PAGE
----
Shaykh Yusuf, Wisdom of Animals, Pico’s Secret and Chinese and Hindu Art

• Recent additions to our library include a rare collection of Sufi writings by the influential Southeast Asian Shaykh Yusuf al-Khalwati al-Maqassari (d. 1699):

So make good the transformation of your soul and the flow of entry into your soul and confine it to the remembrance of Allah, ponder on the glorious Name of the Most High in the depth of your heart, and its light will radiate and it will encompass all your limbs and everything else.

• An audio lecture by William Chittick on “The Wisdom of Animals”, elucidating a passage from Ibn Arabi’s Meccan Revelations:

Animals, who are ruled by the Name “Abaser” (al-Mudhill), have a much more exalted position with God than most human beings. This is precisely because animals gladly accept their “abasement”, whereas human beings tend to forget they are nothing.

• From UCLA Professor Brian Copenhaver, a crucial article on the history of European philosophy, “The Secret of Pico’s Oration: Cabala and Renaissance Philosophy”, which clarifies the nature and intent of what has been called the “Manifesto of the Renaissance”, dissociating it from Enlightenment philosophy and worldview.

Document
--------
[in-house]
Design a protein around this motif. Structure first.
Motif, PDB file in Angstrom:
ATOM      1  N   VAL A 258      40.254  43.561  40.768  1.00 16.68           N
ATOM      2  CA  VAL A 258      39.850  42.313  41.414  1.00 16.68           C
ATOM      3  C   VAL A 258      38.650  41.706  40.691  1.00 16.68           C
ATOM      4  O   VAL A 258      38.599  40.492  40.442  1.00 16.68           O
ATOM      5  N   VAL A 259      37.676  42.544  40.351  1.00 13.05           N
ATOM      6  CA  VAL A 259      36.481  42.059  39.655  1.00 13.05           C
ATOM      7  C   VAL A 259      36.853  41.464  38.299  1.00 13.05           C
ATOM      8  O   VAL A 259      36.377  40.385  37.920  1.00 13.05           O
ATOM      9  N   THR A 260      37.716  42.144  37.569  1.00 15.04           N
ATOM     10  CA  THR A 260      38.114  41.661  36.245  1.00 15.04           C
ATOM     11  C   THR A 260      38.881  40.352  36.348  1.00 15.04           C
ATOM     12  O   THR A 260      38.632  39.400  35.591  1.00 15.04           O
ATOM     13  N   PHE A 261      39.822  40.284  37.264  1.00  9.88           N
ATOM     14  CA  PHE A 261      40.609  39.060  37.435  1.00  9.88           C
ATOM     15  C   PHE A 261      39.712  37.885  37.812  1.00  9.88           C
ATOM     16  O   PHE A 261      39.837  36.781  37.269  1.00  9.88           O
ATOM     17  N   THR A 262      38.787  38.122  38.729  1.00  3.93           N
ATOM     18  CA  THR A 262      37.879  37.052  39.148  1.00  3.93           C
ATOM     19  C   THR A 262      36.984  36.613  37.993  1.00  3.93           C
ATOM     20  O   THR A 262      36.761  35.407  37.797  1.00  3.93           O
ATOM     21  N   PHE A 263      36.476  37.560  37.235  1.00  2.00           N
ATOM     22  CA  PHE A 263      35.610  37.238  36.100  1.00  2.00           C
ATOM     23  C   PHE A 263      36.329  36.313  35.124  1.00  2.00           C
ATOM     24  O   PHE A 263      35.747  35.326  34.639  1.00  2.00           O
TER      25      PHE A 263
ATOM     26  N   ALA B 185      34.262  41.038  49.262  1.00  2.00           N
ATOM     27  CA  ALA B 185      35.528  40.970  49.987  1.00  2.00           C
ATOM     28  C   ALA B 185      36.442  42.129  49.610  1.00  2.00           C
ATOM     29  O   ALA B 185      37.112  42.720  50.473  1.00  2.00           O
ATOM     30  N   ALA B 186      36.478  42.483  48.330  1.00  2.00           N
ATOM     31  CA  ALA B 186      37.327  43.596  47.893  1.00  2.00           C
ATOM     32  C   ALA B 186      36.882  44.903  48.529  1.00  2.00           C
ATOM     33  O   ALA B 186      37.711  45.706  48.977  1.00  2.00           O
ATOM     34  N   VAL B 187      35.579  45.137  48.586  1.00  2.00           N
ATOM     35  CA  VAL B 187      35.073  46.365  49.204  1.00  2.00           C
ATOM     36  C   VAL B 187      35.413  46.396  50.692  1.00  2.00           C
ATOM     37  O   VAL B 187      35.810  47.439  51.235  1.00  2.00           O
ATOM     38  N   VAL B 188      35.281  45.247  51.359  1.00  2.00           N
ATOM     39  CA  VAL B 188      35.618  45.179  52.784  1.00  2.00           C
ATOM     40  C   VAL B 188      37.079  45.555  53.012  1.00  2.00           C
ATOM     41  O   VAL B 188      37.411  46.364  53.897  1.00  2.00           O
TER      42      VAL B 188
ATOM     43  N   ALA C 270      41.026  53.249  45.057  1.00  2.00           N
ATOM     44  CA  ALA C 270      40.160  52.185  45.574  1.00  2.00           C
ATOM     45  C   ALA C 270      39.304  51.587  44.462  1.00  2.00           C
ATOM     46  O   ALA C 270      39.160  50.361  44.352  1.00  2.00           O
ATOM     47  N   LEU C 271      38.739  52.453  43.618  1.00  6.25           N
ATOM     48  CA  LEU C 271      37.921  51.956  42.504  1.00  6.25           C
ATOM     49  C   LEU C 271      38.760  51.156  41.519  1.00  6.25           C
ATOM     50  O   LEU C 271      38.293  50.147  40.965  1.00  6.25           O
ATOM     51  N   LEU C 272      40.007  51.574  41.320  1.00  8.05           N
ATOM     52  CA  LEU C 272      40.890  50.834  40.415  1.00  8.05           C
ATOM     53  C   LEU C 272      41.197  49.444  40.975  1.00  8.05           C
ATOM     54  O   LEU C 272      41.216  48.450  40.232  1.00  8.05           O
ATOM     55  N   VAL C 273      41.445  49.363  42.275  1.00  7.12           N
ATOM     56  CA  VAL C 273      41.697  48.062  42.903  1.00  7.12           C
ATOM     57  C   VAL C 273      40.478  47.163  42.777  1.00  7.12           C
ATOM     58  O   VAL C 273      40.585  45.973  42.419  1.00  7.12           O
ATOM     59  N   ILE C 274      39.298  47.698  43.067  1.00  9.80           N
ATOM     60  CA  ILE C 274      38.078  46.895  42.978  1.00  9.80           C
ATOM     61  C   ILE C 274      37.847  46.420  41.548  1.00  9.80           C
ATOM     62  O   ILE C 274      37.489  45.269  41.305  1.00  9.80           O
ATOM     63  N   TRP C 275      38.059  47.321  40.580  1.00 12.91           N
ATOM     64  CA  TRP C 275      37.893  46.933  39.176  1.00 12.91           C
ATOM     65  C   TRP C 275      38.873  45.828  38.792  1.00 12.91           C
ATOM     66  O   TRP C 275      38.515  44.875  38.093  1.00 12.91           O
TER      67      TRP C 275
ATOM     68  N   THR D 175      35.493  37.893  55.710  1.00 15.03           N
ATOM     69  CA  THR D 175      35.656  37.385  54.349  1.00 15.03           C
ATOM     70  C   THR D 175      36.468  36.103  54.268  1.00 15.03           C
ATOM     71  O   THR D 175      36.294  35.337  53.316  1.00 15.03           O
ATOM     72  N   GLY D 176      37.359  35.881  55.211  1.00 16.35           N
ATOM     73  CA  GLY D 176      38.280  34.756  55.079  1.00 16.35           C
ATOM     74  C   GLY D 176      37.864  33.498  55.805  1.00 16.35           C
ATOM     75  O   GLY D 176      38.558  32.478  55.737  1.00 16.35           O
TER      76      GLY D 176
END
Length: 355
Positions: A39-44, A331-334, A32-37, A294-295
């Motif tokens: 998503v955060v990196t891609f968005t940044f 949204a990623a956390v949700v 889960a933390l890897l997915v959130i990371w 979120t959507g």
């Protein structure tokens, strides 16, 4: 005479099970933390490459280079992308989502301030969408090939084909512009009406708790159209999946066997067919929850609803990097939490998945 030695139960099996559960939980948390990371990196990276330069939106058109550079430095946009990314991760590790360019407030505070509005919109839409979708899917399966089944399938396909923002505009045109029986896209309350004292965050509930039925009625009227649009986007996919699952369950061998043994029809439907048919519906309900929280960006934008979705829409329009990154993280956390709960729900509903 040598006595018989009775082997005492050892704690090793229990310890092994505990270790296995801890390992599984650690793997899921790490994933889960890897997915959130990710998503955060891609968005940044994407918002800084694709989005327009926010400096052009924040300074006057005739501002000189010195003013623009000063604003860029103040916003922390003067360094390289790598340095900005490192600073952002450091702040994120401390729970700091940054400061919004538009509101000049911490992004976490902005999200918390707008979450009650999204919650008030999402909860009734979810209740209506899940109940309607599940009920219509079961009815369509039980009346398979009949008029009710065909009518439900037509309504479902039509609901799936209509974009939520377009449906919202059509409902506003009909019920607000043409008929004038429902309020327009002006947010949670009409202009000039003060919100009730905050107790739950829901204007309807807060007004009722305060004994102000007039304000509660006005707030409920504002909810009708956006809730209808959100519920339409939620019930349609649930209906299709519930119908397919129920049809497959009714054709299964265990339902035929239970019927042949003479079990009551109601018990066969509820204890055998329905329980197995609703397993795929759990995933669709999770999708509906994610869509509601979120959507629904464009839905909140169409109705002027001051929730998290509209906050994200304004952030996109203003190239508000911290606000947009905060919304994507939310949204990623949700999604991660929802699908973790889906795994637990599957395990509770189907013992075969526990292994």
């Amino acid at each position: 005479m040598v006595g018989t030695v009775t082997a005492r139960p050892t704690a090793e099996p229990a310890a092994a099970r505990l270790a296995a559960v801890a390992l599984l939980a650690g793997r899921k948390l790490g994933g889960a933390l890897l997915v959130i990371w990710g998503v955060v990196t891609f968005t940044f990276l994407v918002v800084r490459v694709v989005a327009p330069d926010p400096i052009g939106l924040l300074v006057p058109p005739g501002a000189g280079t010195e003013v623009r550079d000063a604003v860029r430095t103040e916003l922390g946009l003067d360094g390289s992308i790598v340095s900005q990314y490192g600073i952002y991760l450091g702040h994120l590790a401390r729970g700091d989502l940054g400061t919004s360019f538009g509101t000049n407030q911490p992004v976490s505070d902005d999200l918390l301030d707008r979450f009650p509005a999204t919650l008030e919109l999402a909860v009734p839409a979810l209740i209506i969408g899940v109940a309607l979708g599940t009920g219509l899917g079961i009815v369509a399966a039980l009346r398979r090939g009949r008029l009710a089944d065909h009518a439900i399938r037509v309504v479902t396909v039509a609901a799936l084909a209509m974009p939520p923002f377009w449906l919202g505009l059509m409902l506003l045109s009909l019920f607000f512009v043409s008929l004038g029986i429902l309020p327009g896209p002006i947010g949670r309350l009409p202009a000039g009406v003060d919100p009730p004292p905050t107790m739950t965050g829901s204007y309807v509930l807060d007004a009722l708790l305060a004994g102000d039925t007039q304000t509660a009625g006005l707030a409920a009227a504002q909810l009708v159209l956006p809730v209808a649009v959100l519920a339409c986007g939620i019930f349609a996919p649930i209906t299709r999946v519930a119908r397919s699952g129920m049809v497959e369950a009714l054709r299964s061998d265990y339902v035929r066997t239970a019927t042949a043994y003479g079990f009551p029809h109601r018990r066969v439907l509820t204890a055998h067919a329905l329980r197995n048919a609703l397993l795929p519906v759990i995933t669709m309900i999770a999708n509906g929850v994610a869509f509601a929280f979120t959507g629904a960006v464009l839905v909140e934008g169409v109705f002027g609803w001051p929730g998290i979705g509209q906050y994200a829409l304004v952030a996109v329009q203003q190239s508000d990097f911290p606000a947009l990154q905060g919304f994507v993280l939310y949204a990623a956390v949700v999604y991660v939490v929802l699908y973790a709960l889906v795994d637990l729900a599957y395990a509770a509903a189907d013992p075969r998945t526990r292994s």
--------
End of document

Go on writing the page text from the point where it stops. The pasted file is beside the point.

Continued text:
As angels of contemplation, the Cherubs live at this summit of divinity, but their way of life reaches down to the first ethical exercises required of those who emulate them. Thus, having chosen the Cherubic way of life as the best way to form a formless human nature, Pico finds himself at the lower philosophical stages of an ascetic and mystical ascent to ecstasy. Once he has made this choice, philosophy is his obligation…

• Finally, another seminal article on comparative studies by Ananda K. Coomaraswamy: “What is Common to Indian and Chinese Art?”

However much your mentality may be opposed to the method of induction from First Principles, there is no other method by which Oriental civilizations can be made intelligible. The method of deduction from observed fact… leads only to description and classification, which may be “accurate”, but need not imply any comprehension of or assimilation to the thing described and classified. Description and classification are acts of the mind; comprehension an act of the pure intellect.